As for program funding, Ohnmeis said SCASD has mischaracterized how Wonderland uses its special education funds. He said that the amount of support and/or therapy a student needs varies from each student, as do the associated costs. If not all the special education money allocated for one child is needed, he said that will go into the general fund to support the education of another student who may need more support than what's available.

Parents of students at the Wonderland Charter School spoke on videos shared through the school's website about their own children's experiences with the school. Parents spoke in support as the school may not receive a charter renewal through SCASD.

"This argument about we’re not spending all the money, that’s a ploy that just doesn’t hold water," Ohnmeis said.

SCASD has reportedly asked Wonderland for information on its " Individualized Education Plans," which includes students' benchmark standards, but has been refused by the charter's CEO, the district said.

Ohnmeis said Wonderland hasn't yet provided SCASD with the student education plans because their lawyer says it could be a Family Educational Rights and Privacy Act violation. He said SCASD doesn't have the right to see personally identifiable information, and because Wonderland is so small, "giving information that is not personally identifiable is darn near impossible."

However, Ohnmeis said that if Wonderland figures out how to share that information without violating FERPA, they will do so.

"It’s a nice tactic: school district forces us to do a FERPA violation and then reports us to the feds for FERPA violation and we get hit with a million dollar fine and we’re out of business," Ohnmeis said. "These are the dirty tricks that we’ve been going through for 20 years."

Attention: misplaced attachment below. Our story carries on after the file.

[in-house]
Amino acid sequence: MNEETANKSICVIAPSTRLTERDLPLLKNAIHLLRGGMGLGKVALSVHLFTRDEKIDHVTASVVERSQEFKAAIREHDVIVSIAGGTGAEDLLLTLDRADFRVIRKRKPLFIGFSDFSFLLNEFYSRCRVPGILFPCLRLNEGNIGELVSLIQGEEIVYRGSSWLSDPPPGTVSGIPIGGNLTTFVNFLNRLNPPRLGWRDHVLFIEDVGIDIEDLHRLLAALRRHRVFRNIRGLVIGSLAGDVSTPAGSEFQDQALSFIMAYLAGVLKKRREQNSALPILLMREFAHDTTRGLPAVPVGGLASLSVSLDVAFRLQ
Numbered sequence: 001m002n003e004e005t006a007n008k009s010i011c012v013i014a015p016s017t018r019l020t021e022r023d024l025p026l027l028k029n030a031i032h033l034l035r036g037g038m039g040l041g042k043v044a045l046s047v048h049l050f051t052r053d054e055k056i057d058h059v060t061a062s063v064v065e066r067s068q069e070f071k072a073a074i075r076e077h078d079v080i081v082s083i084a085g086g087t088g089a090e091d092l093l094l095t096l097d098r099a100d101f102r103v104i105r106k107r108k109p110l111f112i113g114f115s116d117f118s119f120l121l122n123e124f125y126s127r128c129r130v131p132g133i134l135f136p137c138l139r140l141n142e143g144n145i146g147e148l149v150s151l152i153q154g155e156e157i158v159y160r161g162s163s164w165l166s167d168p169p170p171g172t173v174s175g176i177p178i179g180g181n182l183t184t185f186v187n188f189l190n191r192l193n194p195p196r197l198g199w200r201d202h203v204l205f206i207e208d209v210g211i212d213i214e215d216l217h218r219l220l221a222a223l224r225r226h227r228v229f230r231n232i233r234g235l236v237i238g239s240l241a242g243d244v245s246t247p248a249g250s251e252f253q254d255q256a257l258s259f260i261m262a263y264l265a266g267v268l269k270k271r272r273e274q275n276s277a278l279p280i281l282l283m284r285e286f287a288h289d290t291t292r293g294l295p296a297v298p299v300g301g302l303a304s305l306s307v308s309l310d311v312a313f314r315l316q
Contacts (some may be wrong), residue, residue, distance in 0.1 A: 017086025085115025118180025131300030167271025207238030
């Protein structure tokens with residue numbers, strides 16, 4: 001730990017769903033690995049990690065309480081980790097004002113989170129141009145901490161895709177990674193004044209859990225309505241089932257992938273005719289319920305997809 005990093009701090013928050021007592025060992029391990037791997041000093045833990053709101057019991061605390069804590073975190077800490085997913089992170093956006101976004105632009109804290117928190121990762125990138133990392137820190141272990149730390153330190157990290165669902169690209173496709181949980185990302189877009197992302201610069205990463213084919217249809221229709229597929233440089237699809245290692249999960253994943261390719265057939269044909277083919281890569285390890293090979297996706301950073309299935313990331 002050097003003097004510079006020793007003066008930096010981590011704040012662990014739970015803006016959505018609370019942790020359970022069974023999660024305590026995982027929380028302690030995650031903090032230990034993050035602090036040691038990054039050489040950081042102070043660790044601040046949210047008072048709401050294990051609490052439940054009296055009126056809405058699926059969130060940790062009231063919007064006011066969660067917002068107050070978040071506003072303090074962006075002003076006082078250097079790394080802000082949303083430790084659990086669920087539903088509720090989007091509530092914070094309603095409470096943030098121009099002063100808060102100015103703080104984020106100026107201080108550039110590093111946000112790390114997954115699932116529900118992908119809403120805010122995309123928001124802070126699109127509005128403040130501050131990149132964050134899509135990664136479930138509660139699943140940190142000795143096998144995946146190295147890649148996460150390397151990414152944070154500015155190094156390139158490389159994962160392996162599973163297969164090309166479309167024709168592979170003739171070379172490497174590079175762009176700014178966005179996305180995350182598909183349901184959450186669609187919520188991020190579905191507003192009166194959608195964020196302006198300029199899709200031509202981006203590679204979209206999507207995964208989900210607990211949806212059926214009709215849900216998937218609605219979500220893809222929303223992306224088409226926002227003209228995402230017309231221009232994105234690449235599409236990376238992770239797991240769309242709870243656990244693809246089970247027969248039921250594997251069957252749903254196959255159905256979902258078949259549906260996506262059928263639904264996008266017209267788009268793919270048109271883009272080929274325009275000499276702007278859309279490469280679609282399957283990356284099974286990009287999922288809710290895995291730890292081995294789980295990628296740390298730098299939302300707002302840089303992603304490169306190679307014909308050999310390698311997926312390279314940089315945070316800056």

He said these claims are a pattern that SCASD has done since 1998, when the charter was first granted.

SCASD was able to obtain some information on student performance, including the Pennsylvania System of School Assessment, Terra Nova and locally developed internal assessments. The spring 2017 PSSA pass rates show that Wonderland students performed below the district's average, particularly in math.

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Ohnmeis said Wonderland wasn't given advanced notice or invited to SCASD's Monday meeting — they found out from parents who had received an email from the district. He also said that the review doesn't give specifics on the reported violations.

On its website, Wonderland posted an "open letter" and videos from students' parents in support of a charter renewal with SCASD.

"Wonderland Charter School is not just a school, it is a unique educational setting that feels like home! The needs of the parents and children should weigh in your decision to renew Wonderland Charter School’s charter," the letter said.

A public hearing on the non-renewal and/or revocation of Wonderland's charter will be held at 7 p.m. July 2. Attorney Jeffrey Litts will be presiding over the hearing process.

Ohnmeis said Wonderland will likely lose in the public hearing because he said no charter school has been successful during this stage. But he said they will go to the appeal board and then expect to be vindicated.

"I’m just tired," he said. "Twenty years we’ve been fighting this fight, you’d think they’d give it up."